"God grant it, my dearest!"  I exclaimed fervently, as I kissed her.
"And now," said I, "I must go on deck, I suppose, and endeavour to
appear as though I had not a care in the world; for if those fellows
notice that I am looking gloomy and preoccupied, they will at once guess
that I suspect something, and may in that case so precipitate their
plans as to render our case more desperate than ever."

"We will go together," said the brave girl, "and you shall have an
example of the deep duplicity of which I am capable.  I will defy any
one of them to detect the faintest shadow of care on my brow!"

And therewith she retired to her cabin, and presently emerged again,
attired for the deck.

It was a glorious morning of true Pacific weather, with the wind blowing
a merry breeze from about west-north-west; the sky, an exquisitely pure
and delicate turquoise blue, flecked with patches of fleecy,
prismatic-tinted cloud that here and there darkened the sapphire of the
sparkling, foam-flecked ocean with broad spaces of deep, rich, violet
shadow.  As for the brig, she was swarming along at a nine-knot pace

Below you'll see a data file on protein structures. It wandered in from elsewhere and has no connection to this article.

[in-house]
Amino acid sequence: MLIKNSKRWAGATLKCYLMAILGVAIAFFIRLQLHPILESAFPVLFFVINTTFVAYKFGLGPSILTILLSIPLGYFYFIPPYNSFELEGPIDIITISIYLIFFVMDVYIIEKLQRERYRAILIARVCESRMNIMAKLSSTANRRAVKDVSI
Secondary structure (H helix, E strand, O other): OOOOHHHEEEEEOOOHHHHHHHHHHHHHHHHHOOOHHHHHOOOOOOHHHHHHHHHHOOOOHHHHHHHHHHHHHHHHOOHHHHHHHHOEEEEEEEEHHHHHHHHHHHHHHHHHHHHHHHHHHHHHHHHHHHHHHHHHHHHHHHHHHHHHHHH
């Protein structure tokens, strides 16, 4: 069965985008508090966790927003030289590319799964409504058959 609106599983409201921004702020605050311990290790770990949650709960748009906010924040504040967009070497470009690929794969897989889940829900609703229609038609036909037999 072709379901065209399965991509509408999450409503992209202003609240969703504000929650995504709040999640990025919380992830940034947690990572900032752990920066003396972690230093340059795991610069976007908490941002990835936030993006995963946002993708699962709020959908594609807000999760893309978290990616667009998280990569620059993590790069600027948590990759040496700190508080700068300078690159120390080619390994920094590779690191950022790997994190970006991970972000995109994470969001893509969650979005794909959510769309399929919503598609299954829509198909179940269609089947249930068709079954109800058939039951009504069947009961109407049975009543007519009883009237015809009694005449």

under all plain sail supplemented by her starboard studding-sail, with
her mast-heads sweeping in wide arcs athwart the blue as she swayed and
rose and sank in long, floating rushes over the rugged ridges of the
pursuing swell, while dazzling sunshine and purple shadow chased each
other in and out of the hollows of her canvas and athwart her grimy
decks.  There was a thin, eddying coil of bluish smoke hurrying from the
galley chimney under the high-arching foot of the fore-course and out
over the port cat-head; and the watch, having no sail-trimming to attend
to, were squatted upon their hams on the fore deck, playing cards.  The
hooker needed no looking after in such weather as this, and the only
individual, beside ourselves, abaft the mainmast was the helmsman.

Miss Onslow's appearance on deck never failed to attract the notice of
the men, although she had made a point of being up and down every day,
and all day long, and I soon discovered that we were the objects of the
stealthy regard not only of the group on the forecastle but also of the
man at the wheel.  But no child could have appeared more completely free
from care than she was; she chatted with me about Calcutta, and Simla,
described the characteristics of the several castes and classes of
natives, illustrating her description with amusing anecdotes that even
coaxed a smile upon the sullen, wooden visage of the fellow at the
wheel, and spoke of being reunited to her father with an absolute
confidence that left no room for even a shadow of suspicion that she
entertained the slightest doubt upon that subject.

A considerable period now elapsed without the occurrence of any incident
worthy of mention, except that I observed in the men a quite
extraordinary devotion to card-playing; they did no work of any kind
whatsoever beyond such necessary duties as making, shortening, or